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Joseph Petty Verified userVerified user

Sr. Developer Advocate


Building an Accordion Widget (or Expanding / Collapsible Panels, Toggles, etc)

In HTML, the details tag can be used to create a UI element that can toggle to expand and show more details, or collapse and show only the header.  Also called Accordions, these elements can be great for FAQs or other cases where you want to condense the UI. 

There's no single widget in Appsmith that can do this on its own, but we can build an Accordion by taking advantage of the container widget's auto-height feature. By toggling the visibility of other widgets in the container, we can resize the container and collapse it down to just a title. 

Building the UI

Start out with an outer container and add a text widget and a button for toggling the state. Then add an inner container widget for the content that you want to show and hide. Put any other widgets inside the inner container, like inputs or more text widgets. 


Controlling the State

Next, add a new JS Object and define a variable to control the state. This will declare the expandContainer# variables as false when the page first loads, and then we can mutate those variables to show and hide the inner containers.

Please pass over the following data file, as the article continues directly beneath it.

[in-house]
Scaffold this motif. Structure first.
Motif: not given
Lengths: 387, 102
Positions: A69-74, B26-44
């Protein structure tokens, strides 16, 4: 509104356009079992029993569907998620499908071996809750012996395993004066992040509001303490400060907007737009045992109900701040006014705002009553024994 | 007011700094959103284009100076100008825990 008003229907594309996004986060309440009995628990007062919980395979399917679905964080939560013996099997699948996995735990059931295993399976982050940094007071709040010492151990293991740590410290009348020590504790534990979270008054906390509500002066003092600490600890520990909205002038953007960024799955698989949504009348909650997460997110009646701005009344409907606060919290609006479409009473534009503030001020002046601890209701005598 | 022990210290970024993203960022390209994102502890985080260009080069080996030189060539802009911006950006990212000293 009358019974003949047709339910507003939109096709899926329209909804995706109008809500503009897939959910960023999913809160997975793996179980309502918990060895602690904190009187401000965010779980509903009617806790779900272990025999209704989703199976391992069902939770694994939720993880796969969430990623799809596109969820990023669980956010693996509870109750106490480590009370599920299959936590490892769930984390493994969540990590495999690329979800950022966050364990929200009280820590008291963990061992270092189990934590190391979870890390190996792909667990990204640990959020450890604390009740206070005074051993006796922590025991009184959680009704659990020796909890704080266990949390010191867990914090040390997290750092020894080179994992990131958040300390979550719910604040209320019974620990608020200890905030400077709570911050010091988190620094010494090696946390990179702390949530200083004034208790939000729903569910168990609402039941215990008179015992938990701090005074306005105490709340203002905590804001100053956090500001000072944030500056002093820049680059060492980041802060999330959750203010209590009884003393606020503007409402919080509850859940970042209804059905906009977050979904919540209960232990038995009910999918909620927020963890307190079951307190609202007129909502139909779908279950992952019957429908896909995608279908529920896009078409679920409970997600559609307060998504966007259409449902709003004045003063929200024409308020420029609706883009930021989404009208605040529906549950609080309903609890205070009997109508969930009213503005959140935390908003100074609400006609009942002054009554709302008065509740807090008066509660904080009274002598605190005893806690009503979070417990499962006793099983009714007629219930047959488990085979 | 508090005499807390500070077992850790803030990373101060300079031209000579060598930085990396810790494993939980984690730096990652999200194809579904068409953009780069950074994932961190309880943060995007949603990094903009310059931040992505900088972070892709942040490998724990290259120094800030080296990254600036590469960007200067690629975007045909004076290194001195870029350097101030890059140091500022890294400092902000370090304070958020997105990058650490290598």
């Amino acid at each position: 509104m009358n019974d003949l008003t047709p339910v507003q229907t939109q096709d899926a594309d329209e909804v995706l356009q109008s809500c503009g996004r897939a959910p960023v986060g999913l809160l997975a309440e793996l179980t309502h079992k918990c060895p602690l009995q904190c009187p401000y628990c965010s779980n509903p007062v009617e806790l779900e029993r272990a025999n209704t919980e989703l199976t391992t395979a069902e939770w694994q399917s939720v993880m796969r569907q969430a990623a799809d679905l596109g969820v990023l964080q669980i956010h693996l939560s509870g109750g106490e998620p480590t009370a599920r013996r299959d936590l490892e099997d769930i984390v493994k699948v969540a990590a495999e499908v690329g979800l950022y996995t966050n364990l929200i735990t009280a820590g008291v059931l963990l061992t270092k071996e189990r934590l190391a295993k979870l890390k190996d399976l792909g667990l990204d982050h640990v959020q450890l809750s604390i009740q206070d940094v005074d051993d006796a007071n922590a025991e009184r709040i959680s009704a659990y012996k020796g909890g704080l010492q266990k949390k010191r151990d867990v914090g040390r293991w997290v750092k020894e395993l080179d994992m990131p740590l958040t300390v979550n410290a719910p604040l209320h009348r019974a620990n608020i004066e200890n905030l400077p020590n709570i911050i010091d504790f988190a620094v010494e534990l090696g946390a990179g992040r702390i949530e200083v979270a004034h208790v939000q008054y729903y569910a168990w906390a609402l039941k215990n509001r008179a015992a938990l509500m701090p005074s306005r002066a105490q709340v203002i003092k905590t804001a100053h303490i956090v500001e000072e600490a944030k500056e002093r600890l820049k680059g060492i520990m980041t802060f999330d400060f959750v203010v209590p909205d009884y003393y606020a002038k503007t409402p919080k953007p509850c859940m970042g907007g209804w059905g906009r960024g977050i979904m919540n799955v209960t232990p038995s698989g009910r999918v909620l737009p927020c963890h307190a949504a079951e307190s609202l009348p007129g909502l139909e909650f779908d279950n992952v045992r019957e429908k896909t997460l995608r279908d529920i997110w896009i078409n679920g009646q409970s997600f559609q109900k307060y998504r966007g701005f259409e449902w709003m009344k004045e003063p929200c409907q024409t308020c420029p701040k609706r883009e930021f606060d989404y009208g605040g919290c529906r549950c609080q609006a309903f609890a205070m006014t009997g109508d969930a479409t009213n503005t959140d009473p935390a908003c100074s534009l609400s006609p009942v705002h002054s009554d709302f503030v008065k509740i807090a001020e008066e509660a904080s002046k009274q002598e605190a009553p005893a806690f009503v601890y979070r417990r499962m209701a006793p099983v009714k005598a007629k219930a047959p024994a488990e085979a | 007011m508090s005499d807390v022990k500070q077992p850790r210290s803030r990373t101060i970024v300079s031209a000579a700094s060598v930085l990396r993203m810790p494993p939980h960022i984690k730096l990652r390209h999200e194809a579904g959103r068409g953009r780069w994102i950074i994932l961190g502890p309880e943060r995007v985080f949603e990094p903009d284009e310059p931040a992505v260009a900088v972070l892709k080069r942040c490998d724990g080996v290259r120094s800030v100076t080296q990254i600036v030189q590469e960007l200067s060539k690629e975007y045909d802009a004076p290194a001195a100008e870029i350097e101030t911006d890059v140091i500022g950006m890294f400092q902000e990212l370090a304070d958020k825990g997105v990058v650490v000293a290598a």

Now go back to the button at the top of the outer container set the action to JS, then use a ternary operator to toggle the value assigned with each click. 

{{JSObject1.expandContainer1 = JSObject1.expandContainer1 ? false : true}}
  • The left side of the equals sign says set JSObject1.expandContainer1 to some value. 
  • The right side says if JSObject1.expandContainer1 is true, set it to false, else set it to true

You can also use the ternary operator to toggle the icon shown, so that it matches the state. 

accordion gif

Until recently, techniques like this required storing a value first, and then referencing that stored value in the widget properties. But with the new variable mutations feature, you can declare the variables in a JS Object, then update the values directly from the widget using the assignment operator. This is better for performance, but the variables do not persist with page refreshes. So the stored value approach is still useful when you want to persist the state.